Ballpoint pen drawings, sculptures and even photographs are part of this show, which aims to examine the notions of beauty, hoarding and excesses that dominates thought process today.
Their creator, young artist Vidha Saumya, explains it thus: “There’s an obsession with thin, skinny bodies, and over time, it has evolved into something more. Simply put, it’s a culture of excess. We like to hoard, collect and have options for each and every thing. The functionality and value of every person or product has gone down because we have substitutes and quick solutions for everything.”
Saumya’s gargantuan figures — pale, laughing, floating — are embedded with the latest hairstyles, jewellery and patterns that today’s women covet. “It’s simply the culture around me, which even I’m a part of in many ways. At times, I enjoy it too,” says the artist, unhesitatingly. She adds an example, “When we were little, our parents would ask us to tidy our rooms when guests were to visit.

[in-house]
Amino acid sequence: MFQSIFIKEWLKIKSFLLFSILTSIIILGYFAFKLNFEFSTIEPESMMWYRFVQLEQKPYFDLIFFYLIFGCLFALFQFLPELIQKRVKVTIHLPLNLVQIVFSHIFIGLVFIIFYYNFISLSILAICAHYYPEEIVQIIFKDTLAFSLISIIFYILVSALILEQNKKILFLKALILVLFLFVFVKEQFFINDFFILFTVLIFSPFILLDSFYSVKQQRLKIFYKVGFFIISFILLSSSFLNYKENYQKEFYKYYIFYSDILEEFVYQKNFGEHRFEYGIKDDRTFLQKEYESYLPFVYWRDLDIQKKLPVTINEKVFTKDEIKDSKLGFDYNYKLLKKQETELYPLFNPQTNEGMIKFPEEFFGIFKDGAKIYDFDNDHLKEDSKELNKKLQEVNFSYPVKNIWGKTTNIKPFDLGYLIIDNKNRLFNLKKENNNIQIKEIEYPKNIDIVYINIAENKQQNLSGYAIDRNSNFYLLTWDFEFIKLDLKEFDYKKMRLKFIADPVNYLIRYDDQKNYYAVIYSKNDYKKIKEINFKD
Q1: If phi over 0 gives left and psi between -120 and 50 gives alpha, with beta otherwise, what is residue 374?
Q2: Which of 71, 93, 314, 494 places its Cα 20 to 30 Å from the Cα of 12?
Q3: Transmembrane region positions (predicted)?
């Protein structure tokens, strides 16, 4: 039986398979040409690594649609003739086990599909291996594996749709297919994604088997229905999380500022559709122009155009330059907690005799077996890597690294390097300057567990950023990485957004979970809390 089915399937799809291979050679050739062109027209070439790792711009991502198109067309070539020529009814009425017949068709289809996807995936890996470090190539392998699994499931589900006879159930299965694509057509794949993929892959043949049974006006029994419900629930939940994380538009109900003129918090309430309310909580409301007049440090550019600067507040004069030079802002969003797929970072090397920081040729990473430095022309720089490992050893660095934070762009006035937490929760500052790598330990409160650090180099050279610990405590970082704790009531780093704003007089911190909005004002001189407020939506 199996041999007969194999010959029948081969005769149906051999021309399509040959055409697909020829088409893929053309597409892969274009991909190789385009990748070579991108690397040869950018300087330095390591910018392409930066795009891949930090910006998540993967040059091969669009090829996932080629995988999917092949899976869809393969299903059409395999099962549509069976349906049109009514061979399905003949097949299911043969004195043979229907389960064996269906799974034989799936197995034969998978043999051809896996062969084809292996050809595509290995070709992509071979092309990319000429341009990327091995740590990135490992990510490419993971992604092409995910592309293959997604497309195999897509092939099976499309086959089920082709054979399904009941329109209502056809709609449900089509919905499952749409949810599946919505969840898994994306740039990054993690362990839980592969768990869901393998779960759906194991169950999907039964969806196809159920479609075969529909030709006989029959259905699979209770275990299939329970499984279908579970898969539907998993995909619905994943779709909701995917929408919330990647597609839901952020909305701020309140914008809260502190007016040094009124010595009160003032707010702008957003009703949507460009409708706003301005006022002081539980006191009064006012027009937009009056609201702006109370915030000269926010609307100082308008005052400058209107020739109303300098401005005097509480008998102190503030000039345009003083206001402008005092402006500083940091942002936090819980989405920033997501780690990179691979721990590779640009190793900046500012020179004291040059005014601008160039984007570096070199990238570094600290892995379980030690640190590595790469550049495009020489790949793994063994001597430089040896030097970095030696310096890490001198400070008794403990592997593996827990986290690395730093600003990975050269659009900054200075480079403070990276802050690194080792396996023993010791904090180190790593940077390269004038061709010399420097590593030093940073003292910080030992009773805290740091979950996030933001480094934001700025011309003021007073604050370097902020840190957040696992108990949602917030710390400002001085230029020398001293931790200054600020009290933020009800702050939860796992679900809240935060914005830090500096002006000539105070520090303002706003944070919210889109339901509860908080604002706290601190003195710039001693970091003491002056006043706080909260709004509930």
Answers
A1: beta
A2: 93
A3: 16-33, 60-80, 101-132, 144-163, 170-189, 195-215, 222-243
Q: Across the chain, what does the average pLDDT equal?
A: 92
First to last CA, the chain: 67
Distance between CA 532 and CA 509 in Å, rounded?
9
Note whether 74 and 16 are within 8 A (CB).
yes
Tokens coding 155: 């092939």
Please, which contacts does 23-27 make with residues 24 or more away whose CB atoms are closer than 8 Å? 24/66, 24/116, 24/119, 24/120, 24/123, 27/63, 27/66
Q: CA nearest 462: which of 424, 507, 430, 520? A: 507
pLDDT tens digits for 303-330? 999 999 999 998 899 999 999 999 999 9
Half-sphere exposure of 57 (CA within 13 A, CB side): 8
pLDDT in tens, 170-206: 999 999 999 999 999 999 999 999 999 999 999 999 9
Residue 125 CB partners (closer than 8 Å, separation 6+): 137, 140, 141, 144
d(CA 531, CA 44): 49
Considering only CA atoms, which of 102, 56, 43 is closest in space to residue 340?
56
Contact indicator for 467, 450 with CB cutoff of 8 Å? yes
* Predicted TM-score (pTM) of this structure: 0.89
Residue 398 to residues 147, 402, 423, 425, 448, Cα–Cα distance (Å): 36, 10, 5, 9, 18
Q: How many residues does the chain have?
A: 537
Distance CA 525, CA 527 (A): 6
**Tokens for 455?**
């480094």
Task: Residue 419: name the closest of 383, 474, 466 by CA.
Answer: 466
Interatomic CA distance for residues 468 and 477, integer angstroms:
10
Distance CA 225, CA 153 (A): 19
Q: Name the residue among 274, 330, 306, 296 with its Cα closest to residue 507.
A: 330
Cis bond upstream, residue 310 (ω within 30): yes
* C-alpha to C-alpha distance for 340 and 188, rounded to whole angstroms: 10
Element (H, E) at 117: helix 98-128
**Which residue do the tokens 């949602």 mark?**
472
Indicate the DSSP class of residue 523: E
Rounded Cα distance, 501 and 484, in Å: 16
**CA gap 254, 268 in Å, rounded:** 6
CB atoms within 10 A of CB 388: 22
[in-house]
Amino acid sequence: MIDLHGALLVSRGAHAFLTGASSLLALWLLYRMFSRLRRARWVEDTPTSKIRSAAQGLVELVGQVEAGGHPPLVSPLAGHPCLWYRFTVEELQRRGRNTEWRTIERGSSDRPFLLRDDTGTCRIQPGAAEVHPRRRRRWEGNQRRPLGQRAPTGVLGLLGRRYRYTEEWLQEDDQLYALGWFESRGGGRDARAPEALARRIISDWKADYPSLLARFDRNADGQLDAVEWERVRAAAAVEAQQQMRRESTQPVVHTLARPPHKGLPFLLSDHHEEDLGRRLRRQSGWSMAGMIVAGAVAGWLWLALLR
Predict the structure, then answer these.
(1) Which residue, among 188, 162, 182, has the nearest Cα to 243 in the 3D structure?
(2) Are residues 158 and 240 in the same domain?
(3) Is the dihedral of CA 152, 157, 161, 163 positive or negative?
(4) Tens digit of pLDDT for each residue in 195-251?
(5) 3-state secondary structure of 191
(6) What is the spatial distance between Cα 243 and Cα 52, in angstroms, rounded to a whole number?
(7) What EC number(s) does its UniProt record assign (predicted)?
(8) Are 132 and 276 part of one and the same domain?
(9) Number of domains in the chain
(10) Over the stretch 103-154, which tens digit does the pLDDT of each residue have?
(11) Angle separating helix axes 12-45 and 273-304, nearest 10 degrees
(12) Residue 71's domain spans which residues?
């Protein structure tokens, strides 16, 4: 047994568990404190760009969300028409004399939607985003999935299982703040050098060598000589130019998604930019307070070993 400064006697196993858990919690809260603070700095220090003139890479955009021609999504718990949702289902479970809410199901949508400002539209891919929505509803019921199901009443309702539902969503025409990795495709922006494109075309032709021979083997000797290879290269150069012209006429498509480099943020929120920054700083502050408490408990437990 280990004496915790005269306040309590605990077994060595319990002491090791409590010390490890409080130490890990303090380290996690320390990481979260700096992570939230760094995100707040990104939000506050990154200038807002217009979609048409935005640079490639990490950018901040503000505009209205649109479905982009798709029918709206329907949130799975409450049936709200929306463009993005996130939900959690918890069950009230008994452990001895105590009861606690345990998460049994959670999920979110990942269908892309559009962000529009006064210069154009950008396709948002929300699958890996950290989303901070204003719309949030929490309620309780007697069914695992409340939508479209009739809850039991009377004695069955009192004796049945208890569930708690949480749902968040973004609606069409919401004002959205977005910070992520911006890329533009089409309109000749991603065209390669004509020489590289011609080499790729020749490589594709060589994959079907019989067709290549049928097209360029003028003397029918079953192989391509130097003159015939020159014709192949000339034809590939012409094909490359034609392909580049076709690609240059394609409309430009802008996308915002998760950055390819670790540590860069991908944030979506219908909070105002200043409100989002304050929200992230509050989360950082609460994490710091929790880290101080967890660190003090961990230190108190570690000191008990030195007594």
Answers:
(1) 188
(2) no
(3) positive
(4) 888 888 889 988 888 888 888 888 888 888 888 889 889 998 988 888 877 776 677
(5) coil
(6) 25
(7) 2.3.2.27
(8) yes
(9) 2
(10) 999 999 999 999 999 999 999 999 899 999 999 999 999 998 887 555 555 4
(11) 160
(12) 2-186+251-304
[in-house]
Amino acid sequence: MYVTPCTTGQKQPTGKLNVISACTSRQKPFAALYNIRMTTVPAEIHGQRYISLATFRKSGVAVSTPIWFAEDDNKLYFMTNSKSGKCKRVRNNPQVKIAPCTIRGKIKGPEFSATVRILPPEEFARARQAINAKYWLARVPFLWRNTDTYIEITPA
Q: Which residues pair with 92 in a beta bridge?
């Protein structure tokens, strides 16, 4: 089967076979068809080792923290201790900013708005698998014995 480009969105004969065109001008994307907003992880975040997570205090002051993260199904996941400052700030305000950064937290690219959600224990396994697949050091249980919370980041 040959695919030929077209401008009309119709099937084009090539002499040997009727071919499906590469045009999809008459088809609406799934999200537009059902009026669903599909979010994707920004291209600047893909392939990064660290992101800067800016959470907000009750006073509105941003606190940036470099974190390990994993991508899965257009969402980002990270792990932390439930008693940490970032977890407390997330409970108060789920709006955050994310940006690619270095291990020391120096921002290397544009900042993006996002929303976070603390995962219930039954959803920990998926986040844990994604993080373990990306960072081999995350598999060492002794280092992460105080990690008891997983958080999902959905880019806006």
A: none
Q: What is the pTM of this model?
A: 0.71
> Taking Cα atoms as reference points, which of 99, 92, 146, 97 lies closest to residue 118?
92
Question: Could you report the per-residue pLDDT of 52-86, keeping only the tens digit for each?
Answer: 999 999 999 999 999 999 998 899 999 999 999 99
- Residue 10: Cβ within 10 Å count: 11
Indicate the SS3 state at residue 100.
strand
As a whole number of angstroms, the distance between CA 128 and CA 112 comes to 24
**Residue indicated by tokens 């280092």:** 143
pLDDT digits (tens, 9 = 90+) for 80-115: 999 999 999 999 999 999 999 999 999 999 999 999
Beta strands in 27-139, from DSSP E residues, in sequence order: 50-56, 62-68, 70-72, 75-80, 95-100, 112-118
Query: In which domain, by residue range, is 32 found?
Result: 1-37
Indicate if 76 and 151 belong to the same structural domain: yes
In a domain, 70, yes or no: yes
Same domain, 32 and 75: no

We’d just stuff everything into one corner and toss a pretty bed sheet over it. It may have been bulky and shapeless,
but the pattern was beautiful, so we considered it acceptable. This is the very same notion.”
The exhibit, titled Love Charades, starts with a series of photographs. “I took a human model of that size and dressed her in costumes and make-up as depicted in the drawings,” says Saumya, who has created 14 drawings using a ballpoint pen on Chinese paper.
The show is rounded off by a series of 10 palm-sized sculptures, to add a third dimension to the display. Love Charades by Vidha Saumya is on display at Galerie Mirchandani+ Steinruecke till December 8.